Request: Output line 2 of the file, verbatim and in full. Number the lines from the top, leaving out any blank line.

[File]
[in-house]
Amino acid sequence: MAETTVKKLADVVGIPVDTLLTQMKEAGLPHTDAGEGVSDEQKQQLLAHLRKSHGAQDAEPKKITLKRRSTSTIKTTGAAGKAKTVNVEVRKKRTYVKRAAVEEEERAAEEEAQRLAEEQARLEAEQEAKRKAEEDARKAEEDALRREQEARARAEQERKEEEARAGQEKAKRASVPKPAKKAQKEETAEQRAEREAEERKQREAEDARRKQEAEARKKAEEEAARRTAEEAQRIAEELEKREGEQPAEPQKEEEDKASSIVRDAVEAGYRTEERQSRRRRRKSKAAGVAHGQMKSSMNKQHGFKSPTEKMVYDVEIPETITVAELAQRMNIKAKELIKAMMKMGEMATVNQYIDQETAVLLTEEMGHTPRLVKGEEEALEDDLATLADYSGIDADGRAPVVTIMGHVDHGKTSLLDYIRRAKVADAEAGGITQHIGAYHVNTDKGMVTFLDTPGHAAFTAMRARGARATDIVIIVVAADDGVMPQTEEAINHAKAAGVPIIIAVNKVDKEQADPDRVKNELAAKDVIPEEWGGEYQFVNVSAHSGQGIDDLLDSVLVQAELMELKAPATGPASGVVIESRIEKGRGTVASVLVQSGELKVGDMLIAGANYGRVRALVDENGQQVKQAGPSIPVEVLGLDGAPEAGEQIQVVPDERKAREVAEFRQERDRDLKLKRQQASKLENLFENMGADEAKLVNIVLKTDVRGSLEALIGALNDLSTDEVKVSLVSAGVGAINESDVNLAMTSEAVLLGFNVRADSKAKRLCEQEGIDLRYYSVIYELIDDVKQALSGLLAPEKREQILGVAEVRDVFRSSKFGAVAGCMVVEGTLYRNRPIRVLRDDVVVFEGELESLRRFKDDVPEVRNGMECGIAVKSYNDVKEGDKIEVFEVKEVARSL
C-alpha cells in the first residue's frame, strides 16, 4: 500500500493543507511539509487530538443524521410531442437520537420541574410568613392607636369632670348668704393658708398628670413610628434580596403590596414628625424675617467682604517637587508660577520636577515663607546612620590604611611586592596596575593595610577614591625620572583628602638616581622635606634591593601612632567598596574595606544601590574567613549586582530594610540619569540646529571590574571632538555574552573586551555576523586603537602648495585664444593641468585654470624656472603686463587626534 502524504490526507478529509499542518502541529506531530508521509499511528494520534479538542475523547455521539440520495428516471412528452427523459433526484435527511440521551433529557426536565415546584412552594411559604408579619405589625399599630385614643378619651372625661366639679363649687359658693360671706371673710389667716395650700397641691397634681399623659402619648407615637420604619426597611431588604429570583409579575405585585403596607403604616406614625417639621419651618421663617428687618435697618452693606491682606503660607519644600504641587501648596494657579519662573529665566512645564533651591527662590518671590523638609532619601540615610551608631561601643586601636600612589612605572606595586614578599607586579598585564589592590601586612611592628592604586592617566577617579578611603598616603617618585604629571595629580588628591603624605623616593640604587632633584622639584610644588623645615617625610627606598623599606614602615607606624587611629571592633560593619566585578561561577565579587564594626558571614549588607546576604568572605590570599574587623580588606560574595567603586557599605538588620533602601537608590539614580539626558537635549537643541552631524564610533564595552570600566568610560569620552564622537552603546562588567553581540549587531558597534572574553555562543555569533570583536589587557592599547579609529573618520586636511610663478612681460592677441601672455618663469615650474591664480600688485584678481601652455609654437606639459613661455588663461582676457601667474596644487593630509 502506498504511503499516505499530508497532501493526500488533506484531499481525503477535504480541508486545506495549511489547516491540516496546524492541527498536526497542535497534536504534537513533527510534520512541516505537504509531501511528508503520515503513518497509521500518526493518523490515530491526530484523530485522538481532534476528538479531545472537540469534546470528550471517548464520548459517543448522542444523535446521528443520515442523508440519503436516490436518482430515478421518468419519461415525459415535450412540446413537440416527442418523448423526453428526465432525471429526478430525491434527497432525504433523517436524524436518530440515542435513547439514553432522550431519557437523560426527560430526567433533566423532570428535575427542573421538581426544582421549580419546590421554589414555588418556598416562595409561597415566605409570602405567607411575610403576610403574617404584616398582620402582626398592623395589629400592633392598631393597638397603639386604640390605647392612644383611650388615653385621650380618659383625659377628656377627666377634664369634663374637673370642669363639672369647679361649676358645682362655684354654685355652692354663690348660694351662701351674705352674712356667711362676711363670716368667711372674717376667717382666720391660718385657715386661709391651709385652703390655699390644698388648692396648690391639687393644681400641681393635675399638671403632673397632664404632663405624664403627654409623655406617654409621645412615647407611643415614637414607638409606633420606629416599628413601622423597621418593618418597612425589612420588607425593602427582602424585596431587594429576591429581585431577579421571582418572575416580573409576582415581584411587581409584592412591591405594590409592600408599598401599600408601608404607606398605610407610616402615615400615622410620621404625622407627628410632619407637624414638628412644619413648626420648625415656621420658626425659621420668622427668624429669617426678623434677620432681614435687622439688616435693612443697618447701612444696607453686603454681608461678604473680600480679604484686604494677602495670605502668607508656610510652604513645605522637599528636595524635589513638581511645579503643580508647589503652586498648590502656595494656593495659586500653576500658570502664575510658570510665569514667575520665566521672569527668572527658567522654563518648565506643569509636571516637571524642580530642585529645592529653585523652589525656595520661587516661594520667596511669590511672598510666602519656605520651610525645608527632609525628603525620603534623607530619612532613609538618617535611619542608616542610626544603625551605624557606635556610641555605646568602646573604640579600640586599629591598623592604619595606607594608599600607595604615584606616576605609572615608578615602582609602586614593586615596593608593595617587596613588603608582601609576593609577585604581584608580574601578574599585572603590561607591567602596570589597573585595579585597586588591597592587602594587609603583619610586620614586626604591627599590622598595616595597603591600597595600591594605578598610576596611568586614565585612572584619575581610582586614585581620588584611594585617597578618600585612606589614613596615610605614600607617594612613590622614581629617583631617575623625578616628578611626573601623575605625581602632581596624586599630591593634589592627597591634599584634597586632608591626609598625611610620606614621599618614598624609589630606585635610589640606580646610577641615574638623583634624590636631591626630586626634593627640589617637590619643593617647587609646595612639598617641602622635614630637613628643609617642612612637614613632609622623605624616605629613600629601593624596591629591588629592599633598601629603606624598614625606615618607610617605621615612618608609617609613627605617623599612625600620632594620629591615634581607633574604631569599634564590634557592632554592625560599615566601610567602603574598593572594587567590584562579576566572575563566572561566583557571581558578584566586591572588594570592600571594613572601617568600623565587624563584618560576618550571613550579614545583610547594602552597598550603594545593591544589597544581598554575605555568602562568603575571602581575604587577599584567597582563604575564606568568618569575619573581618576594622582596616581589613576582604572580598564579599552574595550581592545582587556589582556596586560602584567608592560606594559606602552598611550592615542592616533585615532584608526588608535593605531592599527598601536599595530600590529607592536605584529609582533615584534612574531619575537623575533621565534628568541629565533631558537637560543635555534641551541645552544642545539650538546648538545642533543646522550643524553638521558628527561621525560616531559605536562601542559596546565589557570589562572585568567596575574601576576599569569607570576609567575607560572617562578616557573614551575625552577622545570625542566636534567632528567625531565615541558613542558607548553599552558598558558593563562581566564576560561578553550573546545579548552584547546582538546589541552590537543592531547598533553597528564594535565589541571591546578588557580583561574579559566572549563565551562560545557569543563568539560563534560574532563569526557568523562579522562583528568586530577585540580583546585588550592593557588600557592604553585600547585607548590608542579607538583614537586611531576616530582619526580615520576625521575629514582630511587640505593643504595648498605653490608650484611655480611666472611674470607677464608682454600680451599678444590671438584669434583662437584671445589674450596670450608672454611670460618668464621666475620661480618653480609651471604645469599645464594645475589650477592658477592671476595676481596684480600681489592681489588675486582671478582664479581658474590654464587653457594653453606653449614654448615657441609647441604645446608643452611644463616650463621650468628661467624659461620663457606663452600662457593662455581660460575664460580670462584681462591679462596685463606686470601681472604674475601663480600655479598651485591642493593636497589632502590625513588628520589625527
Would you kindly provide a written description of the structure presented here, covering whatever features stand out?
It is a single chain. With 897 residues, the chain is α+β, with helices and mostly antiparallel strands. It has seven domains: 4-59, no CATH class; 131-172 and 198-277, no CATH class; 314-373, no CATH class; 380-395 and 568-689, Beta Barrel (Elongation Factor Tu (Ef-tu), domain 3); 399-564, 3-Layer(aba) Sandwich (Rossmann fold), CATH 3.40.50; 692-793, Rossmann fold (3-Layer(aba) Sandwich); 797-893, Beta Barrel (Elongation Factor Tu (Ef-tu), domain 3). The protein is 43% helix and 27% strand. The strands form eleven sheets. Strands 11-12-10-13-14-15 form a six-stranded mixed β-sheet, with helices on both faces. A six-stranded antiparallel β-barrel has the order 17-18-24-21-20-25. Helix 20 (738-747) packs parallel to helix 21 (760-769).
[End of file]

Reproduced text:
Amino acid sequence: MAETTVKKLADVVGIPVDTLLTQMKEAGLPHTDAGEGVSDEQKQQLLAHLRKSHGAQDAEPKKITLKRRSTSTIKTTGAAGKAKTVNVEVRKKRTYVKRAAVEEEERAAEEEAQRLAEEQARLEAEQEAKRKAEEDARKAEEDALRREQEARARAEQERKEEEARAGQEKAKRASVPKPAKKAQKEETAEQRAEREAEERKQREAEDARRKQEAEARKKAEEEAARRTAEEAQRIAEELEKREGEQPAEPQKEEEDKASSIVRDAVEAGYRTEERQSRRRRRKSKAAGVAHGQMKSSMNKQHGFKSPTEKMVYDVEIPETITVAELAQRMNIKAKELIKAMMKMGEMATVNQYIDQETAVLLTEEMGHTPRLVKGEEEALEDDLATLADYSGIDADGRAPVVTIMGHVDHGKTSLLDYIRRAKVADAEAGGITQHIGAYHVNTDKGMVTFLDTPGHAAFTAMRARGARATDIVIIVVAADDGVMPQTEEAINHAKAAGVPIIIAVNKVDKEQADPDRVKNELAAKDVIPEEWGGEYQFVNVSAHSGQGIDDLLDSVLVQAELMELKAPATGPASGVVIESRIEKGRGTVASVLVQSGELKVGDMLIAGANYGRVRALVDENGQQVKQAGPSIPVEVLGLDGAPEAGEQIQVVPDERKAREVAEFRQERDRDLKLKRQQASKLENLFENMGADEAKLVNIVLKTDVRGSLEALIGALNDLSTDEVKVSLVSAGVGAINESDVNLAMTSEAVLLGFNVRADSKAKRLCEQEGIDLRYYSVIYELIDDVKQALSGLLAPEKREQILGVAEVRDVFRSSKFGAVAGCMVVEGTLYRNRPIRVLRDDVVVFEGELESLRRFKDDVPEVRNGMECGIAVKSYNDVKEGDKIEVFEVKEVARSL